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"I've Gotta Get a Message to You" is a rock ballad by the Bee Gees. Released as a single on 7 September 1968, it became their second number-one single on the UK Singles Chart. The song also went to number one in Ireland, and reached number eight in the US, became their first top-ten hit in Billboard Hot 100 chart in their music career. In the United Kingdom the song was released as a single only. The song appeared on the US edition of the Bee Gees' third album Idea, but not in the United Kingdom, where the Vince Melouney track "Such a Shame" appeared instead. Both songs are featured on the CD edition released circa 1991. This song was sent to Atlantic Records with "I Laugh in Your Face", therefore it would be reasonable to assume that the latter was the intended B-side. However, it was dropped in favour of "Kitty Can". The song was written with Percy Sledge in mind to record it. (Sledge did record it in February 1970, but Atlantic did not issue it in the United States at the time.)
- 2 Versions
- 3 Personnel
- 4 Chart performance
- 5 Cover versions
- 6 The Soldiers version
- 7 References
- 8 External links
The song is about a man who, awaiting his execution in the electric chair, begs the prison chaplain to pass a final message on to his wife. Robin Gibb, who wrote the lyrics, said that the man's crime was the murder of his wife's lover, though the lyrics do not explicitly allude to the latter premise (although there is a verse "Well I did it to him, now it's my turn to die"). Robin said: "This is about a prisoner on Death Row who only has a few hours to live. He wants the prison chaplain to pass on a final message to his wife. There's a certain urgency about it. Myself and Barry wrote it. It's a bit like writing a script. Sometimes you can sit there for three hours with your guitar and nothing will happen. Then in the last ten minutes something will spark."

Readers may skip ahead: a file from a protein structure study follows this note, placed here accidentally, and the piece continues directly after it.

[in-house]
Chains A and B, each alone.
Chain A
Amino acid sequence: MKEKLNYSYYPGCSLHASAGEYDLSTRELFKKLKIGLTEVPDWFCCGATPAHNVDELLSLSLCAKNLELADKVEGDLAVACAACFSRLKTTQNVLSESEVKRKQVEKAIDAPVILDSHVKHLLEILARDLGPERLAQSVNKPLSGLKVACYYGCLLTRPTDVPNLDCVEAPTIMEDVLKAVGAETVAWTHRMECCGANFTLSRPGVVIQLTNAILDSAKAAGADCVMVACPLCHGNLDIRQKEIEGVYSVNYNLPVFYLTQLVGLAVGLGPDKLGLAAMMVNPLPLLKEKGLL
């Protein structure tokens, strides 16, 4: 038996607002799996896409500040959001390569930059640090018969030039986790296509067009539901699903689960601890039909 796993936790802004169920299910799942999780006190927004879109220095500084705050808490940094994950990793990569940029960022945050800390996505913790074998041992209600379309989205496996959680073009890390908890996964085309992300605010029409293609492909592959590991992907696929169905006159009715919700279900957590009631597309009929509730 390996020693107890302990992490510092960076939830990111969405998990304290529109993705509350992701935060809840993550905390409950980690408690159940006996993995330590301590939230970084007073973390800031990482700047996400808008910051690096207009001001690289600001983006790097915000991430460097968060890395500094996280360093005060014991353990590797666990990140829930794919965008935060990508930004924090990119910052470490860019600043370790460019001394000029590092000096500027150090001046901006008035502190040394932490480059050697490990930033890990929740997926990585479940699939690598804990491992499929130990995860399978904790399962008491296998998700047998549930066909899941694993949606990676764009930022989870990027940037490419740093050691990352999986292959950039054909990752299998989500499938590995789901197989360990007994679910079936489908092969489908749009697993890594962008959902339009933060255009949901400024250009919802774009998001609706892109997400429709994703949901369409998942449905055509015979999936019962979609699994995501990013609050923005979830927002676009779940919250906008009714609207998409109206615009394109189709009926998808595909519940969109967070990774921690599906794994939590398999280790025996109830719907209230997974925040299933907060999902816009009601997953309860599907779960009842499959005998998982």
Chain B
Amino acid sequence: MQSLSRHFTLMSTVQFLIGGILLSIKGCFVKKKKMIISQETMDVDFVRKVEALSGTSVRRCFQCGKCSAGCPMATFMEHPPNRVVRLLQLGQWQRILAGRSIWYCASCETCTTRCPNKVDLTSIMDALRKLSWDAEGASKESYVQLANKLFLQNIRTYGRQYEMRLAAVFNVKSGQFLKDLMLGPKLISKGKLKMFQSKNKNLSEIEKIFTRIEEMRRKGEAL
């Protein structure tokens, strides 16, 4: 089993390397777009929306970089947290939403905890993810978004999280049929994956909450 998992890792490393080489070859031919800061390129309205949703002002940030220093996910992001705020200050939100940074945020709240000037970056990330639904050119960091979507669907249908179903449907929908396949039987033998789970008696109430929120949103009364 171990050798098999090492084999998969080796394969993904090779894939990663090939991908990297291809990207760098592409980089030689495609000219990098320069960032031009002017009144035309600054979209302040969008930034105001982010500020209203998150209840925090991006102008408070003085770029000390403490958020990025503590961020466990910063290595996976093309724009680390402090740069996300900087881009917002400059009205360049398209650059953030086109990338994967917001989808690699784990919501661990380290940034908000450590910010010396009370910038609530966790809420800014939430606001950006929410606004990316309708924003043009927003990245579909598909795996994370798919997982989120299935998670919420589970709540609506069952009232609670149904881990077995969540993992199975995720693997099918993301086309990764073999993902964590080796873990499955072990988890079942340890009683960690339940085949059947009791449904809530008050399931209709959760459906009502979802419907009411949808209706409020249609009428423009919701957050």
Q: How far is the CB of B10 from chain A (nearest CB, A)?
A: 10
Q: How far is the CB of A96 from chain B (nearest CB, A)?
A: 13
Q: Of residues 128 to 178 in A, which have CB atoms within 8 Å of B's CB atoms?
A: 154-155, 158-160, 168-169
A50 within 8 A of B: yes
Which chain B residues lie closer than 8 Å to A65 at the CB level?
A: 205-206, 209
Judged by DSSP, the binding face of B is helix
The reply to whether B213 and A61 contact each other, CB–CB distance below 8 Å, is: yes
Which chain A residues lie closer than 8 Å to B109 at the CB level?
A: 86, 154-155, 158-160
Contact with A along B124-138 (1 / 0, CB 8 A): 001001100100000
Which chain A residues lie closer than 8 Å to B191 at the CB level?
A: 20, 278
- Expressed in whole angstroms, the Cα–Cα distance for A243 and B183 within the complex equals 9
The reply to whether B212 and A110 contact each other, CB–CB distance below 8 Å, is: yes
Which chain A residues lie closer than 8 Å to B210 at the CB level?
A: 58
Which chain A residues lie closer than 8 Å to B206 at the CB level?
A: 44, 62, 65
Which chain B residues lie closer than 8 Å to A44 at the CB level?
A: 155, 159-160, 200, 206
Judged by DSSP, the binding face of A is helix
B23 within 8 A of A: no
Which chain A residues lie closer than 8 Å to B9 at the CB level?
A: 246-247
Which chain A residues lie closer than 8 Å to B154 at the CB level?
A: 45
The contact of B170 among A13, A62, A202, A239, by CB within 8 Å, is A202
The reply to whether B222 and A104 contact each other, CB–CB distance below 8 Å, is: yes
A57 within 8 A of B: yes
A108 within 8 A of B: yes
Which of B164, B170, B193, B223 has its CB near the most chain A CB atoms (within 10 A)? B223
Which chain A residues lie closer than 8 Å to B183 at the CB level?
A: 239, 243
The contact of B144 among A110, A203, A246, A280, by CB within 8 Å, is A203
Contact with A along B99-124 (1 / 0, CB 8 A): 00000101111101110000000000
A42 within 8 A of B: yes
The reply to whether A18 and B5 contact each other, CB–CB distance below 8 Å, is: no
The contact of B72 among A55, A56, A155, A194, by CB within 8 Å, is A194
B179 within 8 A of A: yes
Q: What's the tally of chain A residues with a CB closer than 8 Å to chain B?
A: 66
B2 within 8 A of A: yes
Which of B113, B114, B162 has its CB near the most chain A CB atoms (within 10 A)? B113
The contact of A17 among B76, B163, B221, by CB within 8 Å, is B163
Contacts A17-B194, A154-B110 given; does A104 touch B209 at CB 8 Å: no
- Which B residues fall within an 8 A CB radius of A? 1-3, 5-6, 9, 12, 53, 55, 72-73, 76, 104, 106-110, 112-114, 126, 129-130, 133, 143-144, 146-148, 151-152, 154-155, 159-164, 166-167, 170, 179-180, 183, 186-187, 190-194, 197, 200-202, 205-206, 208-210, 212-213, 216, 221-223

Barry recalls: "In those days, the lyrics were almost pretty well done on the spot. I don't remember the fundamentals on how the lyrics were formed, except that we were writing about a guy on death row. That was it". Robin adds: